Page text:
I wanted to start the year on a positive note, I really did. But I find myself writing about a middle-of-the-night worry, instead.
What gave me nightmares? Not a bad dinner, unfortunately, but a steady diet of sobering news. I spent most of November and December reviewing CFM’s scanning from last year in order to draft TrendsWatch 2014. I identified 6 very interesting trends (which I look forward to sharing with you soon—no spoilers!), but something else swam up from the murky ocean of information: a projection, and a rather scary one, too.
It suggests a dark future I think is quite possible, given the way the world is going: a future in which the US fundamentally rethinks nonprofit status.
This shift could encompass, for example, revisiting what kinds of organizations are granted exemptions. The topic is already in play as people struggling to pay their bills note that the PGA, the NFLand nonpo hospitals that are indistinguishable from their for-profit kin are all tax exempt. Starting down that path could result in legal and regulatory distinctions between nonprofits that provide basic social services, such as health care, housing, food assistance and job training, and cultural nonprofits. The former, taking on responsibilities being shed by cash-strapped governments, are earning the gratitude of local, state and federal policy makers. The latter are increasingly being characterized as amenities that serve the interests of the wealthy, and therefore undeserving of broad tax payer support.
Museum concerns about threats to the charitable deductibility of gifts would pale in comparison to the prospect of becoming second class nonprofit citizens, if we are allowed to remain tax exempt at all, in such a scenario.
What are some of the signals that make me think this future is possible?
The tangible financial benefits of nonprofit status are already eroding. Phil Katz and I wrote in TrendsWatch 2012 about the increasing number of ways that municipalities are squeezing income from nonprofits—such as Payments in Lieu of Taxes (PILOTS), service fees and licensing costs. This trend has built up steam in the last two years. While the push to get funds from nonprofits originally focused on the big players—universities and hospitals—the Mayor of Reading, Pennsylvania recently asked any and all nonprofit property owners to help the city out with cash. And it is increasingly clear that the “voluntary” nature of PILOTs is coming into question. In Scranton, Pennsylvania the City Councilplayed hardball with nonprofit property owners, threatening to withhold city approvals regarding permits needed for property improvements, etc. if nonprofit property owners didn’t pay up. In Providence law makers have interpreted legislation in a way that essentially makes PILOTS mandatory.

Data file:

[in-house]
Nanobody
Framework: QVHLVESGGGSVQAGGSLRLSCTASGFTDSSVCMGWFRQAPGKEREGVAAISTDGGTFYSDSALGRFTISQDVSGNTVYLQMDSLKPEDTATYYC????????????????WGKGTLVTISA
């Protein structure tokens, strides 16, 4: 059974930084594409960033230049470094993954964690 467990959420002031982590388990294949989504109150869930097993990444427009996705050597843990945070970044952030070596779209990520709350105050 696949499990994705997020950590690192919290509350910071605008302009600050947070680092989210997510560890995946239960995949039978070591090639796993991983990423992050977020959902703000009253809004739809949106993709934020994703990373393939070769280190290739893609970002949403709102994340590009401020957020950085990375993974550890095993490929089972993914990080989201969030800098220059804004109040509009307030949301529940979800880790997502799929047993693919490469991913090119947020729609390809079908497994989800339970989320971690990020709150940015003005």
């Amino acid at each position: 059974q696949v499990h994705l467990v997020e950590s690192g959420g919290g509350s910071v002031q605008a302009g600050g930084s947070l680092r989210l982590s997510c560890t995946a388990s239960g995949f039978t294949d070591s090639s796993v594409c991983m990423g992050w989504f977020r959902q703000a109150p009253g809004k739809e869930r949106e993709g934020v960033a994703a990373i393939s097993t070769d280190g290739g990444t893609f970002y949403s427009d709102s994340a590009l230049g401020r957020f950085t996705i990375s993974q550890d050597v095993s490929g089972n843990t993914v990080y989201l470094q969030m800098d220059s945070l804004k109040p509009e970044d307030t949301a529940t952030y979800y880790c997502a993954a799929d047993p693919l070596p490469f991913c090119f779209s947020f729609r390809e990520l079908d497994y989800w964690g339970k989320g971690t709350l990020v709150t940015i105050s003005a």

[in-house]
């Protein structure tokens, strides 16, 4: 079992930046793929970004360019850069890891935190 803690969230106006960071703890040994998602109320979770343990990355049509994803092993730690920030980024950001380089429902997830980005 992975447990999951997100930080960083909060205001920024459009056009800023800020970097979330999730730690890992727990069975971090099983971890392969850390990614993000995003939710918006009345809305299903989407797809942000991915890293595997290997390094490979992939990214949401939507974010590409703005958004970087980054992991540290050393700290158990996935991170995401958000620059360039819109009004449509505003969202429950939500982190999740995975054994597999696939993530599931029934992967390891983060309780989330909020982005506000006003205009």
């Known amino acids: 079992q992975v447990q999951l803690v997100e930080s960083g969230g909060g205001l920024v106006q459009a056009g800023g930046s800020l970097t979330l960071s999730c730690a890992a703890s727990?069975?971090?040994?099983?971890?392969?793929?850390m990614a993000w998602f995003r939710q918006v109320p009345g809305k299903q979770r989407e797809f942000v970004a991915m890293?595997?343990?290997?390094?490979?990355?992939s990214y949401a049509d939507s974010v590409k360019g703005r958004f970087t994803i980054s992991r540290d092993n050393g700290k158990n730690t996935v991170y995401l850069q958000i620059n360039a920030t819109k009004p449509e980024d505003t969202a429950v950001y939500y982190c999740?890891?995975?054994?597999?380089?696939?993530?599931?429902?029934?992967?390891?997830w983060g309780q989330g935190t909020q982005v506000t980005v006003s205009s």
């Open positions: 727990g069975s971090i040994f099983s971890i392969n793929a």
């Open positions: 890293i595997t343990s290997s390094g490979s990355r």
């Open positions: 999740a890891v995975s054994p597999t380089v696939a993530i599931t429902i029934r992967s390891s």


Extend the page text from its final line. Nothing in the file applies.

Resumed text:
But I am also seeing a basic shift in attitudes towards the nonprofit sector, a split in how policy makers and donors regard nonprofits. This ranges from the rhetoric in Congress, which lumped zoos & aquaria in with casinos and golf courses as unworthy to receive stimulus money, to the halls of academia. Princeton professor Peter Singer has been on a roll lately, promoting his thesis that donors have an ethical imperative to do the most good possible with their charitable giving, contrasting the good accomplished by a $1,000 donation to a museum’s capital campaign with using those funds to reduce the incidence of trachoma in third world countries. This would merely be irritating if Singer’s only audience were undergraduates in his ethics courses, but Bill Gates recently gave an interview in which he adopted Singer’s philosophy in toto. Referring to the theoretical choice to donate towards a new museum wing rather than on preventing blindness, he said “The moral equivalent is, we’re going to take 1 per cent of the people who visit this [museum] and blind them,” he says. “Are they willing, because it has the new wing, to take that risk? Hmm, maybe this blinding thing is slightly barbaric.” Gates, as the second richest man in the world, who in 2010 made world’s largest single charitable donation (for childhood vaccines), can be presumed to be a thought leader in philanthropy. What if the (false) dichotomy between curing blindness and supporting arts & culture catches on?
Lester Salamon, director of the Center for Civil Society Studies at Johns Hopkins University, has noted the increasing drift in the identity of and attitudes towards the nonprofit sector, and has written thoughtfully and at length about the forces buffeting our field. Salamon outlines three potential futures for the sector, but none encompass the darkest possibility that I outline above. In the rosiest of the three, the Renewal Scenario, “nonprofits engage in a concerted effort to re-think the role and operations of civil society, with the goal of achieving a new consensus regarding the sector’s functions and relationships with for-profits, government, and the public.” Salamon thinks this future is both desirable and attainable. I sure hope he is right. But we, as a field, need to take action to make sure that “renewal” is more likely than fragmentation.